Few people are actually that demanding or narrow-minded when searching for a property, or at least not publicly. The show is a bit of a scripted act. The husband who said a house in the suburbs was a deal-breaker is all smiles when he tells his loving wife that he adored the sprawling home on the cul-de sac as soon as he saw it. Really? And did the real estate agent only show the couple three homes? I highly doubt it.

Then there’s the various spinoffs of this addictive show. There’s House Hunters International, Off the Grid, Renovation, Island Hunters Tiny House and now Family too. I think there’s even more that I don’t know about. House Hunters International has inspired me to be not only a couch potato but an armchair traveler too. It makes me think that I too can move my family to a beach town in Australia, find the perfect home and settle in comfortably to a new community. Oh, and of course I only have to view three homes to easily make my decision.

I’m actually amazed how clueless the house hunters are on the International edition. If you are moving to a new, often far-off country, wouldn’t you do a bit more research on the place, the culture and local real estate trends and prices before you arrive?

For example, I recently watched an episode about a family who moved to a town north of Sydney, Australia from the United States. With only the husband working they set a rental budget of $2,000 per month and wanted a house with at least 3 bedrooms and 2 bathrooms. Within the first few minutes of the episode the local real estate agent told them it was impossible in that community to spend only that amount of money for what they wanted. How do you move halfway around the world and not do some research in advance about the cost of living? So was this couple really that ignorant, or was it scripted to make them look that way? And yes, of course they raised their budget to get the house of their dreams…

My criticisms aside, I am obsessed with House Hunters, especially the International edition. Do you ever walk down the street in your local neighbourhood or wander around a foreign city and say to yourself, I wonder what these homes look like inside? House Hunters lets you do that. No matter what home is chosen, we, as viewers, went along for the ride with them and vicariously had the opportunity to see inside the houses and apartments and make our own virtual decisions.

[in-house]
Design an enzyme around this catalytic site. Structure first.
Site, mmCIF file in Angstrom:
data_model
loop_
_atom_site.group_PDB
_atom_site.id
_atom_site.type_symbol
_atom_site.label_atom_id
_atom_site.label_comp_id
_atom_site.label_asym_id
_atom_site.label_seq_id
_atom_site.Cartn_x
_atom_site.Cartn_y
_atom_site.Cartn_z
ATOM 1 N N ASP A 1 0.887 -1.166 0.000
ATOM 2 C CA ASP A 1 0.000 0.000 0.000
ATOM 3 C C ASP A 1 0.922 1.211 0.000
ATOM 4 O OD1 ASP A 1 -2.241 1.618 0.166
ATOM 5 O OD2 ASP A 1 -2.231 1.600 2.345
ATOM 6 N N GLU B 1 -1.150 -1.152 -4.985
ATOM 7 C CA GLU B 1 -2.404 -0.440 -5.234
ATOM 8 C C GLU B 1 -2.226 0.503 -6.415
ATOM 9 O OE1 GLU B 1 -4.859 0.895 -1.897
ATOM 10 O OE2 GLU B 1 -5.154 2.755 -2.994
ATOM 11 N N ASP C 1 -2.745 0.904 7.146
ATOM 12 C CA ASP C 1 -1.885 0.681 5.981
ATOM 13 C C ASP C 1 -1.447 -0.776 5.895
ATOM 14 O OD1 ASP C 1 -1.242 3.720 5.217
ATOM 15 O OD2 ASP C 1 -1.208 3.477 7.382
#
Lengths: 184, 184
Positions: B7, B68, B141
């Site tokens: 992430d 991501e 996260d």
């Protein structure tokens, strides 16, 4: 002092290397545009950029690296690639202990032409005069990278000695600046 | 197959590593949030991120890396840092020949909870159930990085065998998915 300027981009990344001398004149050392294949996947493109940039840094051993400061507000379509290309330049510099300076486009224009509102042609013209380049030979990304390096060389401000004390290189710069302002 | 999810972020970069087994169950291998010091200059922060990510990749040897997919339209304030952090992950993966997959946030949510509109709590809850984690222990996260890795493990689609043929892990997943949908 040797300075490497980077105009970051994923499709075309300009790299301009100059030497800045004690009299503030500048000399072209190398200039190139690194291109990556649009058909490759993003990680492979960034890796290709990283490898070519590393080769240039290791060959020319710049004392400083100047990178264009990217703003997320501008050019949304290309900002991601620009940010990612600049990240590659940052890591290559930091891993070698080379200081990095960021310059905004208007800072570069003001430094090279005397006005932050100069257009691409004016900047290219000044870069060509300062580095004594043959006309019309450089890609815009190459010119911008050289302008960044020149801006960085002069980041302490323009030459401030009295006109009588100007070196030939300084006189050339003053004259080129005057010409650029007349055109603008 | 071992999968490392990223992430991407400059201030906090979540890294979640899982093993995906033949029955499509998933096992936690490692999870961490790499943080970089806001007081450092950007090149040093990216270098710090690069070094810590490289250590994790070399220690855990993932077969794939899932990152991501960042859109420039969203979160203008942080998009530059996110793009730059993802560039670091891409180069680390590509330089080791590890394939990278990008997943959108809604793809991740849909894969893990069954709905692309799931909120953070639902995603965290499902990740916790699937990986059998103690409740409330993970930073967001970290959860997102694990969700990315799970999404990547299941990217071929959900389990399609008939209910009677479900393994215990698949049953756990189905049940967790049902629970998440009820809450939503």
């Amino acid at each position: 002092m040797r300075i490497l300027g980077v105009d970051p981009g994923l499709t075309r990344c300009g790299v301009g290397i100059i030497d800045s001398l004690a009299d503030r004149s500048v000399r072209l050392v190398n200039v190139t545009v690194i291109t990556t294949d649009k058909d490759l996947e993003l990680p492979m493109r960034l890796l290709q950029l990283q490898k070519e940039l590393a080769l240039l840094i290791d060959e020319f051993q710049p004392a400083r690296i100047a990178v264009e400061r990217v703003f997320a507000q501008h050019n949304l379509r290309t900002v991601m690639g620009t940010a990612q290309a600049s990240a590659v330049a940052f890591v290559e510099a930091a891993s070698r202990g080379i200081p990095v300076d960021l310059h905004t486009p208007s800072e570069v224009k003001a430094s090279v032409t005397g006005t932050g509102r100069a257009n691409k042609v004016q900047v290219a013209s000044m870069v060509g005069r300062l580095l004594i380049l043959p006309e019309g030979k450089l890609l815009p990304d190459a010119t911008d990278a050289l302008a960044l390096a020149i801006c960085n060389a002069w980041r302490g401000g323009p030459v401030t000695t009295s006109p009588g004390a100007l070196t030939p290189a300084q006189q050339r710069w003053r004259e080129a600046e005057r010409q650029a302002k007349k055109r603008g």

And now I need to feed my addiction. Off to my couch for some House Hunters.

My Team MUST Win

team must win

I want my team to win. I always want my team to win. Why is it MY team? Am I part owner? No. Do I work for my team? No. Did my spouse, father, brother, cousin, friend or next door neighbour ever play for my team? Definitely not. But as I watch my team play, I sit on the edge of my seat and have that feeling deep within that my team must win.

It’s an interesting phenomenon. The love a person has for a sports franchise. Usually (not always) it’s because a person is a homer, meaning the person is a fan of the local sports club. What is a fan? Well, the word originates from the term fanatic. I did a search using my good friend Google and chuckled when I read the definition of the word fanatic. It is a “person filled with excessive and single-minded zeal, especially for an extreme religious or political cause” or a “person with an obsessive interest in and enthusiasm for something, especially an activity.”

For many people sports is a religion. For some people their passion for a sport crosses political boundaries. Their love of not only a particular game but of their team is true fanaticism.

Go to any live sporting event between two teams, and the fans for each team are quite clear. Some people wear a cap or jersey, while other people paint their bodies and dress head to toe in the team’s colours. Popular or legendary sports franchises like the New York Yankees, Toronto Maple Leafs, Manchester United, Dallas Cowboys or LA Lakers probably make more money off the sale of merchandise than they do from ticket sales.

I will admit that for the most part I am a homer. Carolina Hurricanes aside (yes they are clearly my team), I am a fan of the hometown team. I love my Blue Jays and Raptors. I have a Toronto FC shirt and you can bet I’m cheering on the Argonauts during this year’s playoff run. Okay, I even tolerate the Maple Leafs. Maybe it’s pride for my city or a warm feeling I have that I am part of a community when I cheer on the local sports franchise.

I cheer on my team whether it’s the best team in the league or one of the basement dwellers. I stick with my team through thick and thin. Each game, if my team is down by 7 runs or 23 points, in my head I say to myself, my team must win.

A true sports fan isn’t always straight in the head. As long as there are only two outs in the inning or a few seconds left in the period, the dream stays alive that my team can win.

And sometimes it happens. If you are a Blue Jays fan, you will remember Sunday, July 30th, 2017. The Jays were down 10-4 going into the bottom of the 9th. They quickly scored a few runs then Steve Pearce came to the plate with the bases loaded and his team down 10-7. And he hit a grand slam. The Jays beat the Angels 11-10, and that win became the biggest 9th inning comeback in the team’s history. For a fan like me, who watched it all unfold, the words running through my head, my team must win, came true.